Luxury and power: Persia to Greece at the British Museum open until 13th August   - FAD Magazine

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Luxury and power: Persia to Greece at the British Museum open until 13th August  

A major exhibition exploring the relationship between luxury and power in the Middle East and southeast Europe between 550-30 BC, Luxury and power: Persia to Greece, is now open at the British Museum until 13th August 2023.  

This exhibition delves into a period when the Persian empire of ancient Iran clashed with the cities of Greece, before Greece then Persia fell to the kingdom of Macedon, led by Philip II and his son Alexander III, known to history as “Alexander the Great”. Most ancient texts that describe these encounters were written by Greeks, and so we have traditionally looked upon Persia through the eyes of its adversaries. When explaining their victories over the Persians – who ruled the largest empire the world had seen – many Greek writers described a “barbarian” east weakened by decadence and luxurious excess, contrasting this with Greek ideals of plain living and self-discipline. 

Jewellery,1628 Hellenistic gold wreath

Luxury and power: Persia to Greece moves beyond these historical biases by using objects to explore a more complex story of luxury and power from Central Asia to the Balkans. It explores how the royal Persian court used prestigious objects as markers of authority, defining a distinct style of luxury that was copied by different social classes throughout the empire. Although Athens rejected Persian luxury as decadent, its citizens adopted eastern styles in intriguing ways to make luxury acceptable within its early democratic system. When Alexander conquered the Persian east, he blended Greek, Persian and local styles of luxury to help define a new style of rulership. 

Panagyurishte Treasure © Todor Dimitrov National Museum of History Bulgaria

The exhibition features exquisite objects from Afghanistan to Italy. Among its exceptional loans is the extraordinary Panagyurishte Treasure from Bulgaria. Accidentally discovered by three brothers digging clay for bricks in 1949, these treasures are outstanding examples of ancient metalworking and demonstrate the influence of Persian and Greek luxury across the Balkans. The treasure consists of nine richly decorated gold vessels: eight rhyta used to pour wine and one bowl to drink it. This is the first time the Treasure is in the UK since 1976, making this a once-in-a-generation opportunity to see it in-person. 

Persian drinkin cup © The Trustees of the British Museum, Athenian drinking mug in the form of the head of a bearded Persian. The Persian Class, Greece, about 410 – 400 BC

The exhibition also features objects from the British Museum collection, bringing together astonishing artefacts of gold, silver and glass. A gilt silver rhyton shaped as a griffin is a remarkable example of Persian craft. Originally used as a wine-pourer, this drinking vessel reflects the opulence of the Persian court, bestowing prestige upon its user at a royal feast.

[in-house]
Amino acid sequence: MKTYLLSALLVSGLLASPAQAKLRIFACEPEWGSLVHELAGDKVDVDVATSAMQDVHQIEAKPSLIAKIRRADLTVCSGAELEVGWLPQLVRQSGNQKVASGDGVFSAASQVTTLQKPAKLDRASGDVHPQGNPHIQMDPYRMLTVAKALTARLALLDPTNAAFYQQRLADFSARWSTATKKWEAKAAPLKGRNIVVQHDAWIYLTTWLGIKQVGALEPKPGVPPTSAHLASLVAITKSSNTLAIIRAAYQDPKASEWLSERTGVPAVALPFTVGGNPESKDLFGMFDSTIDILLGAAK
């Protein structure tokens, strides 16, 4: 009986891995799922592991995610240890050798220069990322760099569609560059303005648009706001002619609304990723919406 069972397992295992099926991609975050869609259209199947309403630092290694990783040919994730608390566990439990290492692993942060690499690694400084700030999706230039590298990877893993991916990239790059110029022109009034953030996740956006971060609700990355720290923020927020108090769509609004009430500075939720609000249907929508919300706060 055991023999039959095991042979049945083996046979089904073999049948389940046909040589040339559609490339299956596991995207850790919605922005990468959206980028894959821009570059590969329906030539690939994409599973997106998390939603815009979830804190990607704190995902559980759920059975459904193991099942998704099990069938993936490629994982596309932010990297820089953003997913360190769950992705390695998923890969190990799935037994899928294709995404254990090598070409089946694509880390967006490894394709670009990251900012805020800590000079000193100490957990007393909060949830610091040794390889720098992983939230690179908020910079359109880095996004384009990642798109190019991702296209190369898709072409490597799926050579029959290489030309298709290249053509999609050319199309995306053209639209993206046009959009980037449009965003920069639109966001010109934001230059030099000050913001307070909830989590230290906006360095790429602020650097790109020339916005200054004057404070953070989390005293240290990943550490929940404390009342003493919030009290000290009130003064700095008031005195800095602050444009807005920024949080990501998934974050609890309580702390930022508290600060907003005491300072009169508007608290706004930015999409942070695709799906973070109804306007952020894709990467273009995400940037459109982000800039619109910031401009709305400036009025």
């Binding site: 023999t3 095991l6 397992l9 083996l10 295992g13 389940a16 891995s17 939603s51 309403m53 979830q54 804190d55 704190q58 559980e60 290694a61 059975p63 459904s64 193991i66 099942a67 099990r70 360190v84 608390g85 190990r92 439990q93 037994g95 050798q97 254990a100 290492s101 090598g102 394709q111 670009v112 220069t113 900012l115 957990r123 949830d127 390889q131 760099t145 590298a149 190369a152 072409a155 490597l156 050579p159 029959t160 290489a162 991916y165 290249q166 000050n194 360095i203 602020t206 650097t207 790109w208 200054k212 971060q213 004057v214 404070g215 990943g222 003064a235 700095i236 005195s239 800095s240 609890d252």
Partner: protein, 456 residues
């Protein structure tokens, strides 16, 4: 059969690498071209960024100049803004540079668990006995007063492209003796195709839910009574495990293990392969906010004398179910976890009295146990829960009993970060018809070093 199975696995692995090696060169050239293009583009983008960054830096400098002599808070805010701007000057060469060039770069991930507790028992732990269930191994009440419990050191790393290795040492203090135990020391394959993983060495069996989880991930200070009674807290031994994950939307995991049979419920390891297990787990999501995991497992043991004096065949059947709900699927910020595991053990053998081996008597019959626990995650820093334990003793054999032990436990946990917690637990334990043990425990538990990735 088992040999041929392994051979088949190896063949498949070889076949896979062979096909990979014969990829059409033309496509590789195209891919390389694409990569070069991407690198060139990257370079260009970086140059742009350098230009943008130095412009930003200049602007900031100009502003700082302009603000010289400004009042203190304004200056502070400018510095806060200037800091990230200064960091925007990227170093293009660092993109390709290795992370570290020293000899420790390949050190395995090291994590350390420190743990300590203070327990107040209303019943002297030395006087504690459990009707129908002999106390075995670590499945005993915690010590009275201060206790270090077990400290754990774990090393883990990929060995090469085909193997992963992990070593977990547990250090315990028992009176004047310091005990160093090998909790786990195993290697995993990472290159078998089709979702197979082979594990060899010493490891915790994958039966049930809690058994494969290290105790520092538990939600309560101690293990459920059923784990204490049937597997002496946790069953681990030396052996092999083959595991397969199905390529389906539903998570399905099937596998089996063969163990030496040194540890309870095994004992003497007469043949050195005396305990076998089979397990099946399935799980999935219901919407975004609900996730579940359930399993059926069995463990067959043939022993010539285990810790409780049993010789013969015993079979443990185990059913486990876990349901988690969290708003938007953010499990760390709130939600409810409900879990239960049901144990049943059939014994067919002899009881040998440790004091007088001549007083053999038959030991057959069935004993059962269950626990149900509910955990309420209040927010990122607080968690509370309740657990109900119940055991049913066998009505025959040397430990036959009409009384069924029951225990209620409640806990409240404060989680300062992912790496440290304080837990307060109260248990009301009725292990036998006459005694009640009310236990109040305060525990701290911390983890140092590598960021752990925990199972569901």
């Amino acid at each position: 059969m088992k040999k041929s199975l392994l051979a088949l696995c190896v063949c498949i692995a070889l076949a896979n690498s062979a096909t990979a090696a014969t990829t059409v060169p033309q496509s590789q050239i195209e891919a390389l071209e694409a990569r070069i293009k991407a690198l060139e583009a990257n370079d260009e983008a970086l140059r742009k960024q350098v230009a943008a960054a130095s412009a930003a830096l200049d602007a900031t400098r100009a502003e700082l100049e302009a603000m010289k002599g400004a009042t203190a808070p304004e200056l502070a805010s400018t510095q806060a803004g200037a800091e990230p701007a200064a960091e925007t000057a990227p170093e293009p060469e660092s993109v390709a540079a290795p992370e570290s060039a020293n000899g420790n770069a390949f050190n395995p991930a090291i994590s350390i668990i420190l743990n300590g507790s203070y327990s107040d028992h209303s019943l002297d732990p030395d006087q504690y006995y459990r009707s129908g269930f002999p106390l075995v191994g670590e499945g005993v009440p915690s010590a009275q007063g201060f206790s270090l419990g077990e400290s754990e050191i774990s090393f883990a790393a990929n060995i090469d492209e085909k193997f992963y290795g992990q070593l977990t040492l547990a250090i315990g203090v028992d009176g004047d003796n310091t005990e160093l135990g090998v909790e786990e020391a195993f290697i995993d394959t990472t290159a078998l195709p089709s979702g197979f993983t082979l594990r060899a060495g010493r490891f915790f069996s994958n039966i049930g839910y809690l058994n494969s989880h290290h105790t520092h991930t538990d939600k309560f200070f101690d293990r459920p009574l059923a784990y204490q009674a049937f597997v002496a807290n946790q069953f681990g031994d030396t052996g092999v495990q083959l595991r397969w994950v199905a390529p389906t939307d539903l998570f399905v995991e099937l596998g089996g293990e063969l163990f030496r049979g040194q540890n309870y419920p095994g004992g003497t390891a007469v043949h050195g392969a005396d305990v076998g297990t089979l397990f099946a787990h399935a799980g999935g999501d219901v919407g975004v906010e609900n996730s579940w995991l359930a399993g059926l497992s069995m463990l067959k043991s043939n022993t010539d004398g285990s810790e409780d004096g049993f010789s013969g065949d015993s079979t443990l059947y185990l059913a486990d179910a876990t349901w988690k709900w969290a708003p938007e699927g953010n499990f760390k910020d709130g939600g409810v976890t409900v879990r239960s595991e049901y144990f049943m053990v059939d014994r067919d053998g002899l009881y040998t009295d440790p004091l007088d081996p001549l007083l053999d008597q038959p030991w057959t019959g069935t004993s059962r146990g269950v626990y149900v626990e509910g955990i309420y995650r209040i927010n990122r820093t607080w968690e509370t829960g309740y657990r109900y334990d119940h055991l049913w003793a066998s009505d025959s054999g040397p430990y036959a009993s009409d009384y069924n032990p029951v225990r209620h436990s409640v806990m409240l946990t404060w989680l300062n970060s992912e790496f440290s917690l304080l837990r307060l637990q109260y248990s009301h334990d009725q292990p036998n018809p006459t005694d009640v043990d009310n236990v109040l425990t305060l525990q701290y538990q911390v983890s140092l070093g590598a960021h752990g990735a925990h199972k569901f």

Gold armlet (part of the Oxus Treasure), Tajikistan, 499 – 300 BC © The Trustees of the British Museum

Although Athenian citizens rejected such objects as ostentatious, potters were influenced by the style and form of animal-headed vessels from the east. A pottery drinking mug crafted in the form of a lion’s head referenced the luxury of Persia but as an exotic novelty item that could be used at a Greek symposion drinking party. 

A parasol was a supreme symbol of masculine authority in ancient Iran. A relief sculpture from a tomb monument at Xanthos in western Turkey shows a local king shaded by a parasol to emulate royal Persian authority.  

Pottery rhyton in the form of a seated sphinx, attributed to The Sotades Painter, Greece, about 470 – 450 BC ©-The-Trustees-of-the-British-Museum

Although parasols were adopted in Athens as an eastern trend, they were only used by women, as shown on a scene on a water jug. As women had no political status in Athens’ early democracy, parasols as feminine items were neutered of their political force. 

Also from the Museum’s collection is a gold wreath from Turkey, similar to those found in elite tombs in the kingdom of Macedon. The gold oak wreath, consisting of two branches with a bee with two cicadas, showcases the spread of luxury across the region and how styles evolved into the period after the death of Alexander in 323 BC.

The story of luxury is far broader than the historical binaries of Persia and Greece. Rather, the Greek-Persian world was a network of hundreds of cultural groups. The diversity and reach of the British Museum’s collections, complemented by generous loans from our international exhibition partners, allow us to explore how styles of luxuries connected these cultures despite the political boundaries that divided them.

Hartwig FischerDirector of the British Museum,

I would like to express my gratitude to our exhibition supporters the American Friends of the British Museum; BullionVault; Julie Fitzgerald and Stephen Fitzgerald; and Steven Larcombe and Sonya Leydecker. I’d also like to extend my thanks to all of our lenders, and especially the National History Museum in Sofia for the loan of the Panagyurishte treasure, and to the National History Museum of Armenia. Without their support, we would not be able to present such exhibitions, allowing visitors to discover and experience cultures from around the world.

Luxury and power: Persia to Greece runs until 13th August 2023 in the Joseph Hotung Great Court Gallery at the British Museum.  britishmuseum.org/luxuryandpower 



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